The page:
Building the Climate Resilience of the Urban Poor

Despite all efforts, at the dawn of the third decade of the 21st century, the urban world is still largely defined by slums: nearly one in seven of the world’s population lives in slums and informal settlements. In 200 cities surveyed, informal settlements as a portion of total residential area increased, on average, from 18% (pre-1990) to 30% (average 1990-2015). Moreover, 14.4% of the urban population in developing countries live in low elevation coastal zones, i.e. ten meters above sea-level or less in elevation. These populations face increased risk of flooding from storm surge – a climate hazard.

The UN Secretary General has announced a Climate Summit, aimed at “ramping up ambition and action” in implementing the Paris Agreement. One of this Summit’s main thrusts will be to accelerate action on “strengthening adaptation and climate resilience to address the risks that climate change poses”. Under this action area, this initiative proposes to scale up, coordinate, and focus a range of ongoing efforts to work with and support some of the most vulnerable populations on the planet in building climate resilience: the urban poor who live in slums and informal settlements in developing countries that are most impacted by climate change. In focusing the collective energies of disparate partners and urban actors on this challenge, new ways of working together will be devised and institutionalized.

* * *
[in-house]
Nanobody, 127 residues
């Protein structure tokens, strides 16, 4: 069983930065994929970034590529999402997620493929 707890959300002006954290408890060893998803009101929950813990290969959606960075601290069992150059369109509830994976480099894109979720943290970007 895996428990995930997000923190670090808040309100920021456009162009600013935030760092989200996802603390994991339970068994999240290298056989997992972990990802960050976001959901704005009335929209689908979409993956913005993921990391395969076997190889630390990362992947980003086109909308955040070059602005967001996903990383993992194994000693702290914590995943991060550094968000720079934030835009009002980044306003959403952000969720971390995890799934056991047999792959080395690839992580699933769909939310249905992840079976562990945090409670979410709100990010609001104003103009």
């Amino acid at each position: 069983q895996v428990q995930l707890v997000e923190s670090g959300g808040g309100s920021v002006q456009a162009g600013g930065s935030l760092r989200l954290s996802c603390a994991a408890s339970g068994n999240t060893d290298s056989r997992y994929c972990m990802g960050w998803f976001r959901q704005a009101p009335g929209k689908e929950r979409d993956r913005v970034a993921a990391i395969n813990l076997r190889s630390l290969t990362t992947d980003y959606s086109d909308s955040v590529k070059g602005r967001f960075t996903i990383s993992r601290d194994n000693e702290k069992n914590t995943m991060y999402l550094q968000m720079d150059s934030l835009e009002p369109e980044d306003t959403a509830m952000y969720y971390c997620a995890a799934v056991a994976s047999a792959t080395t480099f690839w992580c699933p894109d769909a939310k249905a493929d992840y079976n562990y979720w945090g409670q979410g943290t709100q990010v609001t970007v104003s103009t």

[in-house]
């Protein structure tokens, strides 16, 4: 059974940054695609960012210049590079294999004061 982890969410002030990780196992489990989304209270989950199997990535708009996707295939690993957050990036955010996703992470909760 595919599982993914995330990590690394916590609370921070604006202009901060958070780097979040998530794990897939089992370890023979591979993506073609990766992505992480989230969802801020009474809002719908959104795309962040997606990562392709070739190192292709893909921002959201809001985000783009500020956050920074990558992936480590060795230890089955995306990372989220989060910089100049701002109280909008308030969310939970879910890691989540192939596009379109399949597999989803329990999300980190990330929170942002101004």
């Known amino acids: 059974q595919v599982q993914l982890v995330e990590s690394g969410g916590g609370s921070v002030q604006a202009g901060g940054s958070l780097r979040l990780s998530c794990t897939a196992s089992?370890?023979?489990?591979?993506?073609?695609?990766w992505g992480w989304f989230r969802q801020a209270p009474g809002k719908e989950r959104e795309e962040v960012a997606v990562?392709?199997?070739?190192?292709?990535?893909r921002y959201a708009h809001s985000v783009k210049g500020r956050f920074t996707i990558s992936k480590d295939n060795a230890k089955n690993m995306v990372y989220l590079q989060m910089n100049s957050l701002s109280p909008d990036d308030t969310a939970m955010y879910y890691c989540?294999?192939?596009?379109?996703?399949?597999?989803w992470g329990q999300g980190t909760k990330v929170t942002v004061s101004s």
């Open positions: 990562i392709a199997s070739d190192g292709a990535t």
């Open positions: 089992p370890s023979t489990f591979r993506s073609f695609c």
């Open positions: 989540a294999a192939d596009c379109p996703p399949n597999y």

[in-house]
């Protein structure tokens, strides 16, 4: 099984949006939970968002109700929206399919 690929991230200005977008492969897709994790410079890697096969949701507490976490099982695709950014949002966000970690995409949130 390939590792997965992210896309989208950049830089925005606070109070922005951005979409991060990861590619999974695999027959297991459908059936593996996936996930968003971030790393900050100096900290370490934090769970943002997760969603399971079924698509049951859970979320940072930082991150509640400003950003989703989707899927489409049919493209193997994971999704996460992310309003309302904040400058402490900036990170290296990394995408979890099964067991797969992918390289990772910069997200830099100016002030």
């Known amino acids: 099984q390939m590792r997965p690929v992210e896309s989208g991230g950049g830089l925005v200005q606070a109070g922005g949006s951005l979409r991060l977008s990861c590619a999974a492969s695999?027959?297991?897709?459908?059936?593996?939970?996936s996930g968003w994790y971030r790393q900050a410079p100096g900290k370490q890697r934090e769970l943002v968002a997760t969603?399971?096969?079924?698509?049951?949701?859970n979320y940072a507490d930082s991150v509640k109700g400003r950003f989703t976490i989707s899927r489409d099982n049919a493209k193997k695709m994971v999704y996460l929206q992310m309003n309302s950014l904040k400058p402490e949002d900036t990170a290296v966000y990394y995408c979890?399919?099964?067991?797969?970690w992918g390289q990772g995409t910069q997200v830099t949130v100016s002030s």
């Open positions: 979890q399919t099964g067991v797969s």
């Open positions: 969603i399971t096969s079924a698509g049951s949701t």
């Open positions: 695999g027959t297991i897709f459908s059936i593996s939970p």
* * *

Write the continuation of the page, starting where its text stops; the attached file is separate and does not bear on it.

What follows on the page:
United Nations Human Settlements Programme (UN-HABITAT)

Technical advisement on development protocols and tools

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